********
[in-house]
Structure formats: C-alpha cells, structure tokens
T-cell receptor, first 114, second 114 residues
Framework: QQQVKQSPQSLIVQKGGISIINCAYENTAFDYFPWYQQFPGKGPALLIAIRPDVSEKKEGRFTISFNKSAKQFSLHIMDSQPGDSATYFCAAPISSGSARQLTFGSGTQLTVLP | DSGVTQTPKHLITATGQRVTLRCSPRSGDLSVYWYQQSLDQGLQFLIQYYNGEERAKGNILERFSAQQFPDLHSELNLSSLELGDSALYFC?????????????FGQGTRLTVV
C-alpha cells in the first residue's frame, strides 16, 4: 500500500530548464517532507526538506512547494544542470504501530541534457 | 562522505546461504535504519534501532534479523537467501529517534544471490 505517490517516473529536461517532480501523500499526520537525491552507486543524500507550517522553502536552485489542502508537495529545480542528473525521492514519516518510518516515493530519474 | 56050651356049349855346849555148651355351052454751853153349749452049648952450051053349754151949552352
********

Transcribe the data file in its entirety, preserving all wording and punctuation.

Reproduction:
[in-house]
Structure formats: C-alpha cells, structure tokens
T-cell receptor, first 114, second 114 residues
Framework: QQQVKQSPQSLIVQKGGISIINCAYENTAFDYFPWYQQFPGKGPALLIAIRPDVSEKKEGRFTISFNKSAKQFSLHIMDSQPGDSATYFCAAPISSGSARQLTFGSGTQLTVLP | DSGVTQTPKHLITATGQRVTLRCSPRSGDLSVYWYQQSLDQGLQFLIQYYNGEERAKGNILERFSAQQFPDLHSELNLSSLELGDSALYFC?????????????FGQGTRLTVV
C-alpha cells in the first residue's frame, strides 16, 4: 500500500530548464517532507526538506512547494544542470504501530541534457 | 562522505546461504535504519534501532534479523537467501529517534544471490 505517490517516473529536461517532480501523500499526520537525491552507486543524500507550517522553502536552485489542502508537495529545480542528473525521492514519516518510518516515493530519474 | 56050651356049349855346849555148651355351052454751853153349749452049648952450051053349754151949552352